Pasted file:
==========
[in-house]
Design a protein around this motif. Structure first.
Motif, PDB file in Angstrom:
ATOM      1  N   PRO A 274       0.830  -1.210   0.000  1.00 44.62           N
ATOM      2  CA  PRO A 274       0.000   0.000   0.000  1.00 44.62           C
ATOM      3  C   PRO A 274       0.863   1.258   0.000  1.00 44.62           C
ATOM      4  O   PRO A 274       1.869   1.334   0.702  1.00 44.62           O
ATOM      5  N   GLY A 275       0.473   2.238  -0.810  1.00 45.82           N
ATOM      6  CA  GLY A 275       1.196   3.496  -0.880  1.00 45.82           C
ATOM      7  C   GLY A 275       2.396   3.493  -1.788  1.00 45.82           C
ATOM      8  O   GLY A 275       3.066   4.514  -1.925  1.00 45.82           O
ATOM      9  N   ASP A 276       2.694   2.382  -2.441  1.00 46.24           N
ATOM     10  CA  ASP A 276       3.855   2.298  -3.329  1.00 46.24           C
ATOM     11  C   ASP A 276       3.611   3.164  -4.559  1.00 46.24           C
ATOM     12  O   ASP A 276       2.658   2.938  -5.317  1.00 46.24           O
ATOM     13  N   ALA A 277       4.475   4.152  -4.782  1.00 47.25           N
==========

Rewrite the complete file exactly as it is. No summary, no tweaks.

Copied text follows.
[in-house]
Design a protein around this motif. Structure first.
Motif, PDB file in Angstrom:
ATOM      1  N   PRO A 274       0.830  -1.210   0.000  1.00 44.62           N
ATOM      2  CA  PRO A 274       0.000   0.000   0.000  1.00 44.62           C
ATOM      3  C   PRO A 274       0.863   1.258   0.000  1.00 44.62           C
ATOM      4  O   PRO A 274       1.869   1.334   0.702  1.00 44.62           O
ATOM      5  N   GLY A 275       0.473   2.238  -0.810  1.00 45.82           N
ATOM      6  CA  GLY A 275       1.196   3.496  -0.880  1.00 45.82           C
ATOM      7  C   GLY A 275       2.396   3.493  -1.788  1.00 45.82           C
ATOM      8  O   GLY A 275       3.066   4.514  -1.925  1.00 45.82           O
ATOM      9  N   ASP A 276       2.694   2.382  -2.441  1.00 46.24           N
ATOM     10  CA  ASP A 276       3.855   2.298  -3.329  1.00 46.24           C
ATOM     11  C   ASP A 276       3.611   3.164  -4.559  1.00 46.24           C
ATOM     12  O   ASP A 276       2.658   2.938  -5.317  1.00 46.24           O
ATOM     13  N   ALA A 277       4.475   4.152  -4.782  1.00 47.25           N